7 January - 5 July 2013

**Organisers:** John Ball *(Oxford)*, David Chillingworth *(Southampton)*, Mikhail Osipov *(Strathclyde)*, Peter Palffy-Muhoray *(Kent State)* and Mark Warner *(Cambridge)*

Liquid crystals represent a vast and diverse class of anisotropic soft matter materials which are intermediate between isotropic liquids and crystalline solids. Liquid crystal ordering is found in a wide variety of systems, ranging from fluids made up of simple rods, polymers and amphiphile solutions, to elastomers and biological organisms. Liquid crystals have a multitude of applications, notably those in flat panel display technology, which has fundamentally impacted modern life. From a theoretical point of view, liquid crystals offer a unique opportunity for the study of partial order, as complex liquid crystal phases represent the most well-organised known states of soft matter. At present, the theory of liquid crystals is developed by two groups of researchers which do not currently interact effectively with each other. A first group consists of physicists, chemists and engineers with extensive experimental and theoretical experience in the field. A second, rapidly expanding group, comprises mathematicians who have started to work on the theory of liquid crystals, attracted by its intriguing mathematical structure and connections to different branches of mathematics. The aim of the programme is to bring together experts from these two groups to facilitate an exchange of ideas, the exploration of different approaches and the sharing of knowledge. One important goal is the identification of key mathematical problems arising from experiment, computer simulations and device applications.

The programme will facilitate knowledge transfer, attract mathematicians to the field and help establish long term collaborations which will enrich both groups of researchers. A wide spectrum of mathematical problems will be considered, related to the modeling of liquid crystals with varying detail and at different length scales. Models will range from continuum descriptions, where the symmetry group of the ordered phase plays a key role, to computer simulations on an atomistic level. One important set of open problems to be considered is the relationship between these different levels of modeling; for example how one can make a rigorous passage from molecular/statistical descriptions to continuum theories and how the results of computer simulations can be used to test the validity of statistical and continuum models. Emphasis will be placed on the use of symmetry, bifurcation and group theory approaches to study the relationship between the symmetry of individual molecules and interaction potentials, the symmetry of the resulting phases and the structure of the order parameter space. On the continuum level, the programme will address the dynamics of various liquid crystal phases and the systematic derivation of various equations of motion, and will aim to clarify the accuracy of different descriptions and their applicability to different liquid crystal systems. Special consideration will be given to the existence, uniqueness and regularity of the solutions of these equations, as well as the bifurcation and properties of equilibrium and periodic solutions, solitary waves, and dynamic switching, and to how well the equations describe phase transitions.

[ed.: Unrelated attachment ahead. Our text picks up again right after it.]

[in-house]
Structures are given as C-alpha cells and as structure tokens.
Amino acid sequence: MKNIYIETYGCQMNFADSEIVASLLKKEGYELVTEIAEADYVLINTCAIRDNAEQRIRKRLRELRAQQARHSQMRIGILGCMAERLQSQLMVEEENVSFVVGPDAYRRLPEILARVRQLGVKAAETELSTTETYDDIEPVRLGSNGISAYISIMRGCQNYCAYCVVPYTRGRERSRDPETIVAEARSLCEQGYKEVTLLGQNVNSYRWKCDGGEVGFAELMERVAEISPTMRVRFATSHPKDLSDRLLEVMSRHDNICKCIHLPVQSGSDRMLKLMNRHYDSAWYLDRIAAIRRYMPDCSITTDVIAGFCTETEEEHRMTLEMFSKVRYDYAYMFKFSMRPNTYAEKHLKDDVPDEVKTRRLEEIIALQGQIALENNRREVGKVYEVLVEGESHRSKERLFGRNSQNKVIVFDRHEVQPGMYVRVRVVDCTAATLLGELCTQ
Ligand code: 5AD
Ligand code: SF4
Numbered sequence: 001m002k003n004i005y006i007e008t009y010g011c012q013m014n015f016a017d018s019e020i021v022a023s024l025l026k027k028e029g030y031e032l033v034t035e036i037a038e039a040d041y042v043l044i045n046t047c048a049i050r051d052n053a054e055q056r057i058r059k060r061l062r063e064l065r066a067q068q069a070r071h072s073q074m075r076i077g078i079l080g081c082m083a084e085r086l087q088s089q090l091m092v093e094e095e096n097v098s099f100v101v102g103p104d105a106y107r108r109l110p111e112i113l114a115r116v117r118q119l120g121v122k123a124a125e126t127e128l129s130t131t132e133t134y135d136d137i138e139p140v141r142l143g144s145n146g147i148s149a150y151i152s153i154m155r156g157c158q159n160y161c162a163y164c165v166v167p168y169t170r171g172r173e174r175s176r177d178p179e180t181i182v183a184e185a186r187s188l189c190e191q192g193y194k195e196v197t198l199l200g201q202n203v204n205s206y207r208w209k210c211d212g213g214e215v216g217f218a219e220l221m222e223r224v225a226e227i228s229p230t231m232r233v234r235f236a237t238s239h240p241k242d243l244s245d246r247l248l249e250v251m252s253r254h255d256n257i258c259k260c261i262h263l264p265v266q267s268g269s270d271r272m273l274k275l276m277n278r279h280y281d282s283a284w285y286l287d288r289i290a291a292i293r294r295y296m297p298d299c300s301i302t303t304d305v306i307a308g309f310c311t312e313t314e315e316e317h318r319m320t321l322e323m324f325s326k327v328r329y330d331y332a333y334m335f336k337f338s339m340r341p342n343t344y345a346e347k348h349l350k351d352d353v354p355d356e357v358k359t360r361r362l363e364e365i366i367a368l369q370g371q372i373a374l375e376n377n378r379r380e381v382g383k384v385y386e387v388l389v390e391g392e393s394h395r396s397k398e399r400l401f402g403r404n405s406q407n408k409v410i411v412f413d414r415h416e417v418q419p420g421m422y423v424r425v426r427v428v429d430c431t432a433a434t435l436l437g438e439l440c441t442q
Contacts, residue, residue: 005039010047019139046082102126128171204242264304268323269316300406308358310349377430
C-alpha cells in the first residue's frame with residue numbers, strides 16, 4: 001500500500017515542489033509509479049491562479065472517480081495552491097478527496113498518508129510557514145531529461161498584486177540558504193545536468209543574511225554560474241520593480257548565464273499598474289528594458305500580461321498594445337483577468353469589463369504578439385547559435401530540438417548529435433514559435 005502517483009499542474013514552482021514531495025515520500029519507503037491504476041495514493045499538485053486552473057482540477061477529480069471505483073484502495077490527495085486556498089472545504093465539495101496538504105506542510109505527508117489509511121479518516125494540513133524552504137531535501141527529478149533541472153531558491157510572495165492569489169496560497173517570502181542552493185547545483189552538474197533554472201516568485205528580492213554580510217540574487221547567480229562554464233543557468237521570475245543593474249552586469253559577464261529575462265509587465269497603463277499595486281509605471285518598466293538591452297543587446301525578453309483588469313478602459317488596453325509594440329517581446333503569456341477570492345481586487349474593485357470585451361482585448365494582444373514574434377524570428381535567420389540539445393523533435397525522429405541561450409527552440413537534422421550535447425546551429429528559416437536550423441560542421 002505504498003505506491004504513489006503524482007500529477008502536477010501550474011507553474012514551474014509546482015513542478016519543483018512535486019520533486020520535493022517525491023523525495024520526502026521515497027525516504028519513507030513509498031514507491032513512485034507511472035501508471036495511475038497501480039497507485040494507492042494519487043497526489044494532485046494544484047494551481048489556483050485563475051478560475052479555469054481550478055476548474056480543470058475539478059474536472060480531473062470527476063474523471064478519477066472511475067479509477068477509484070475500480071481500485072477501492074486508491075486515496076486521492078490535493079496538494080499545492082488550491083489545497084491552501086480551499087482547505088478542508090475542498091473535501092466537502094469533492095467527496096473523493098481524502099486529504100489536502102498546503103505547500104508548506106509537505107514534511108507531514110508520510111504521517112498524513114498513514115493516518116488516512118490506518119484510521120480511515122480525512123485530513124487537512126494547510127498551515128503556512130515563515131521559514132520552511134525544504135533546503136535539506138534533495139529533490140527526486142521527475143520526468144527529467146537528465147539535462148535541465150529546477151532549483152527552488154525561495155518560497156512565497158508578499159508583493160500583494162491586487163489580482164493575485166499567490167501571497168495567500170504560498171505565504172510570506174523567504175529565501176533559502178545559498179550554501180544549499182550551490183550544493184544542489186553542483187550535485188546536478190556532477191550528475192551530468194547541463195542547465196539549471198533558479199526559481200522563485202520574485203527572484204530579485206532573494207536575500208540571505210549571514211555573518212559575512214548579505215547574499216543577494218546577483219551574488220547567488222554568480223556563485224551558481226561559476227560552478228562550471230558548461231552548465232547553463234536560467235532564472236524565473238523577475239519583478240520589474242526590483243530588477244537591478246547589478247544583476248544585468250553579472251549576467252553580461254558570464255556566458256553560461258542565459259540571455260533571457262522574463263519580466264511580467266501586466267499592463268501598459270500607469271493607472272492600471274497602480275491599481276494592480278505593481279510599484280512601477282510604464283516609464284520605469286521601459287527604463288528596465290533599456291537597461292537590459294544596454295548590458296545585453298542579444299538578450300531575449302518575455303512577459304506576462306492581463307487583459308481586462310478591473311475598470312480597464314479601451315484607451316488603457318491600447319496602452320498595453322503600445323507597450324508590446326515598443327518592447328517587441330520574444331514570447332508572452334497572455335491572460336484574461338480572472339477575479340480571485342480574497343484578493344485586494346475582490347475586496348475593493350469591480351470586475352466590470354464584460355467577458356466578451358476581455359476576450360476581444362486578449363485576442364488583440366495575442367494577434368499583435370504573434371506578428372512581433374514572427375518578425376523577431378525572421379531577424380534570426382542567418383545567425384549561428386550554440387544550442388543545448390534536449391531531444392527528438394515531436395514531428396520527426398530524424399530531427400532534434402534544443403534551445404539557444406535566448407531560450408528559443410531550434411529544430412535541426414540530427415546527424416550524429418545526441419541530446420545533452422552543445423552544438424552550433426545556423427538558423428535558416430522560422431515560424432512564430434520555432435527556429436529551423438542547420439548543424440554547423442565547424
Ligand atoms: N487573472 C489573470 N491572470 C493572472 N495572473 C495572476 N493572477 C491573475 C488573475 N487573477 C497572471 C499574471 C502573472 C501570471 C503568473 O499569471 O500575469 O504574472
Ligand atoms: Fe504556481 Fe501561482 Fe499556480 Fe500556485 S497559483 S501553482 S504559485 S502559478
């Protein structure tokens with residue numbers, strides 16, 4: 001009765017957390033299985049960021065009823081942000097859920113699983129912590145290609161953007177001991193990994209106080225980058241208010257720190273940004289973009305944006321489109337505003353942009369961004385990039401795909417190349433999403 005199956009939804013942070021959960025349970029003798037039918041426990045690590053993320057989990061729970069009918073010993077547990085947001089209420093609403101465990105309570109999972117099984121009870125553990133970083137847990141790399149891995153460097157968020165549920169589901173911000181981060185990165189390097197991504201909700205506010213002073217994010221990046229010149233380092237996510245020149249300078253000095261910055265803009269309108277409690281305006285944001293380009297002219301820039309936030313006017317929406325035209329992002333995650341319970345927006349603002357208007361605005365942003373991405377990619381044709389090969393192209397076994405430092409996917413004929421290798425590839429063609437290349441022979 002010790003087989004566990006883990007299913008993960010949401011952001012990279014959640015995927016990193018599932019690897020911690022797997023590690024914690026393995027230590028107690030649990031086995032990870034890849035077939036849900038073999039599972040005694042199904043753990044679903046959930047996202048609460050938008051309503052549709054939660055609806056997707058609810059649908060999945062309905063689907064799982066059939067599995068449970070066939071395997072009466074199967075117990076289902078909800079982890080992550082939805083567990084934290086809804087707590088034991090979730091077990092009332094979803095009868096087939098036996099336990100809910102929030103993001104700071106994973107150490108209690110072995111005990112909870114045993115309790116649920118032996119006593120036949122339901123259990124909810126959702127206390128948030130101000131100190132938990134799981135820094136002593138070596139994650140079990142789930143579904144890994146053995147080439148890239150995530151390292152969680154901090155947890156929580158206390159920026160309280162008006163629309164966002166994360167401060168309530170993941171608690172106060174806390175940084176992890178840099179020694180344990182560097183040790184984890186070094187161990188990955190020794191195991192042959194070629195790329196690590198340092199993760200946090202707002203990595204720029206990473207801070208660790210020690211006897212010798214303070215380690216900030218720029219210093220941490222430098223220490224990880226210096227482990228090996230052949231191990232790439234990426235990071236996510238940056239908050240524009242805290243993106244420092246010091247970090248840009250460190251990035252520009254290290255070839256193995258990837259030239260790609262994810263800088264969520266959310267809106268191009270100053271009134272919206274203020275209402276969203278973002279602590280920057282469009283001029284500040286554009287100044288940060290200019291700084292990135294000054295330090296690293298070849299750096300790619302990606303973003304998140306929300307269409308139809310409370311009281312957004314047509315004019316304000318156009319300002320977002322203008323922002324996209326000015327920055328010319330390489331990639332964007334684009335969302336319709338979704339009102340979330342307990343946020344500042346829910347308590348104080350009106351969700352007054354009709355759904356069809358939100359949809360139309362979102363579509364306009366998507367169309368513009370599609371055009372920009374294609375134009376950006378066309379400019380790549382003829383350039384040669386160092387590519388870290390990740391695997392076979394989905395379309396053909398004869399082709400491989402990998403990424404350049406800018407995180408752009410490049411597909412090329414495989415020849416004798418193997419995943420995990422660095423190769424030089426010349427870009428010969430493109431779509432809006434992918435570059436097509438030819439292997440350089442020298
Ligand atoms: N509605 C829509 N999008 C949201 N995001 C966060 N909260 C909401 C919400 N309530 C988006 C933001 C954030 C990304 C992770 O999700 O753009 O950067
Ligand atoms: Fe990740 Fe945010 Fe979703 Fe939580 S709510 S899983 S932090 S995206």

An important target is to find effective approximations which can be used to overcome the challenges posed by the complexity of liquid crystal phases with biaxial and more complicated order, which are becoming important in emerging applications. A strong effort will be made to identify and explore mathematical problems arising from novel liquid crystal systems, such as liquid crystal elastomers and nano-particle liquid crystal metamaterials. The programme will include four workshops covering all major aspects of the subject.